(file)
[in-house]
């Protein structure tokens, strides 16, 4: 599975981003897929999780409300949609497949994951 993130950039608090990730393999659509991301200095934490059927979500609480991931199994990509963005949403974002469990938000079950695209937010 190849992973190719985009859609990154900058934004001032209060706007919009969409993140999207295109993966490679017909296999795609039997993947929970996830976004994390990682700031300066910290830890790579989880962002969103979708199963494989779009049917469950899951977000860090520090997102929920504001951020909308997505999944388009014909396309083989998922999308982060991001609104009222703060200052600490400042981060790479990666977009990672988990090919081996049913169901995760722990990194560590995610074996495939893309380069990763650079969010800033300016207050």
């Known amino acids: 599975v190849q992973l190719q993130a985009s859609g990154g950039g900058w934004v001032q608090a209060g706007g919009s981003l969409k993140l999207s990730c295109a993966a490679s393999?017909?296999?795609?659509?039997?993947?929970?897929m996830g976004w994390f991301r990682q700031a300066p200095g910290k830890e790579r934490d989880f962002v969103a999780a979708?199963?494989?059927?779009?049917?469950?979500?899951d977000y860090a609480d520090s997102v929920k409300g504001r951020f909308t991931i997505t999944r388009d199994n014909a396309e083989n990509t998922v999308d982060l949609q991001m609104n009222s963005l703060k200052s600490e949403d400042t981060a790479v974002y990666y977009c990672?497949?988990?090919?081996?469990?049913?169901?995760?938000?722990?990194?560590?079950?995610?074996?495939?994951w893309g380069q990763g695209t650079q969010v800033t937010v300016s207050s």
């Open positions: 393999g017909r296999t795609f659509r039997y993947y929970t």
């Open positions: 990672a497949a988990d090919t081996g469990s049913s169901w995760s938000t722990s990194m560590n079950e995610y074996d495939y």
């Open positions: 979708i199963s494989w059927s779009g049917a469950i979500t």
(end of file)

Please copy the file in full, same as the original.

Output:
[in-house]
């Protein structure tokens, strides 16, 4: 599975981003897929999780409300949609497949994951 993130950039608090990730393999659509991301200095934490059927979500609480991931199994990509963005949403974002469990938000079950695209937010 190849992973190719985009859609990154900058934004001032209060706007919009969409993140999207295109993966490679017909296999795609039997993947929970996830976004994390990682700031300066910290830890790579989880962002969103979708199963494989779009049917469950899951977000860090520090997102929920504001951020909308997505999944388009014909396309083989998922999308982060991001609104009222703060200052600490400042981060790479990666977009990672988990090919081996049913169901995760722990990194560590995610074996495939893309380069990763650079969010800033300016207050």
């Known amino acids: 599975v190849q992973l190719q993130a985009s859609g990154g950039g900058w934004v001032q608090a209060g706007g919009s981003l969409k993140l999207s990730c295109a993966a490679s393999?017909?296999?795609?659509?039997?993947?929970?897929m996830g976004w994390f991301r990682q700031a300066p200095g910290k830890e790579r934490d989880f962002v969103a999780a979708?199963?494989?059927?779009?049917?469950?979500?899951d977000y860090a609480d520090s997102v929920k409300g504001r951020f909308t991931i997505t999944r388009d199994n014909a396309e083989n990509t998922v999308d982060l949609q991001m609104n009222s963005l703060k200052s600490e949403d400042t981060a790479v974002y990666y977009c990672?497949?988990?090919?081996?469990?049913?169901?995760?938000?722990?990194?560590?079950?995610?074996?495939?994951w893309g380069q990763g695209t650079q969010v800033t937010v300016s207050s």
């Open positions: 393999g017909r296999t795609f659509r039997y993947y929970t």
């Open positions: 990672a497949a988990d090919t081996g469990s049913s169901w995760s938000t722990s990194m560590n079950e995610y074996d495939y």
């Open positions: 979708i199963s494989w059927s779009g049917a469950i979500t």